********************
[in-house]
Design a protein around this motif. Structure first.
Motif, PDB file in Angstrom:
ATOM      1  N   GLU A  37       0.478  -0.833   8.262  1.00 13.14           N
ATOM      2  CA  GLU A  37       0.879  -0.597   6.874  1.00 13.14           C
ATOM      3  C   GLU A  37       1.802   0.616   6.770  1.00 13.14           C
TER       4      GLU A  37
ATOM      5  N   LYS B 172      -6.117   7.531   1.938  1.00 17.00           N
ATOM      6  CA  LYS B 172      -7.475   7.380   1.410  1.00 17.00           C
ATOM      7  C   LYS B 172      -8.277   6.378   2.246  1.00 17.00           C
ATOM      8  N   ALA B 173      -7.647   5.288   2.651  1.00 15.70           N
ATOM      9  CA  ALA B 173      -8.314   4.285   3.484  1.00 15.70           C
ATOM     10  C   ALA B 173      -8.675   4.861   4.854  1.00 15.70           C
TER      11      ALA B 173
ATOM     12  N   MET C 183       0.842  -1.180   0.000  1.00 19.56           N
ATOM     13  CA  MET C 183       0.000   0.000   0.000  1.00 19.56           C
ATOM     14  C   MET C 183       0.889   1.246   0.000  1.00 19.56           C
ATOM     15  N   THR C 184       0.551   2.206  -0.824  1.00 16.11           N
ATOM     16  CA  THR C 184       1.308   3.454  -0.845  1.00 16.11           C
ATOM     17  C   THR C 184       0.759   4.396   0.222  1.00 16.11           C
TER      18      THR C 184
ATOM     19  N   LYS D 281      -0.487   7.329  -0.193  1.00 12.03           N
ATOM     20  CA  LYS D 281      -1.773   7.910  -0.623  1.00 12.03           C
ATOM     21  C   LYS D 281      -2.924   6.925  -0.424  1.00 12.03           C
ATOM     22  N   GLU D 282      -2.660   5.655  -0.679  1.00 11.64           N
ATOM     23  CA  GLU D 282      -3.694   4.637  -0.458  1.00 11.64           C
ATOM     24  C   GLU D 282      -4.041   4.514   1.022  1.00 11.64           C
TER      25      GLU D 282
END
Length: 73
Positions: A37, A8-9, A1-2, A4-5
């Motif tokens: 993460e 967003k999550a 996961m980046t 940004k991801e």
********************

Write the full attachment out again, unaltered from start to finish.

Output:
[in-house]
Design a protein around this motif. Structure first.
Motif, PDB file in Angstrom:
ATOM      1  N   GLU A  37       0.478  -0.833   8.262  1.00 13.14           N
ATOM      2  CA  GLU A  37       0.879  -0.597   6.874  1.00 13.14           C
ATOM      3  C   GLU A  37       1.802   0.616   6.770  1.00 13.14           C
TER       4      GLU A  37
ATOM      5  N   LYS B 172      -6.117   7.531   1.938  1.00 17.00           N
ATOM      6  CA  LYS B 172      -7.475   7.380   1.410  1.00 17.00           C
ATOM      7  C   LYS B 172      -8.277   6.378   2.246  1.00 17.00           C
ATOM      8  N   ALA B 173      -7.647   5.288   2.651  1.00 15.70           N
ATOM      9  CA  ALA B 173      -8.314   4.285   3.484  1.00 15.70           C
ATOM     10  C   ALA B 173      -8.675   4.861   4.854  1.00 15.70           C
TER      11      ALA B 173
ATOM     12  N   MET C 183       0.842  -1.180   0.000  1.00 19.56           N
ATOM     13  CA  MET C 183       0.000   0.000   0.000  1.00 19.56           C
ATOM     14  C   MET C 183       0.889   1.246   0.000  1.00 19.56           C
ATOM     15  N   THR C 184       0.551   2.206  -0.824  1.00 16.11           N
ATOM     16  CA  THR C 184       1.308   3.454  -0.845  1.00 16.11           C
ATOM     17  C   THR C 184       0.759   4.396   0.222  1.00 16.11           C
TER      18      THR C 184
ATOM     19  N   LYS D 281      -0.487   7.329  -0.193  1.00 12.03           N
ATOM     20  CA  LYS D 281      -1.773   7.910  -0.623  1.00 12.03           C
ATOM     21  C   LYS D 281      -2.924   6.925  -0.424  1.00 12.03           C
ATOM     22  N   GLU D 282      -2.660   5.655  -0.679  1.00 11.64           N
ATOM     23  CA  GLU D 282      -3.694   4.637  -0.458  1.00 11.64           C
ATOM     24  C   GLU D 282      -4.041   4.514   1.022  1.00 11.64           C
TER      25      GLU D 282
END
Length: 73
Positions: A37, A8-9, A1-2, A4-5
């Motif tokens: 993460e 967003k999550a 996961m980046t 940004k991801e």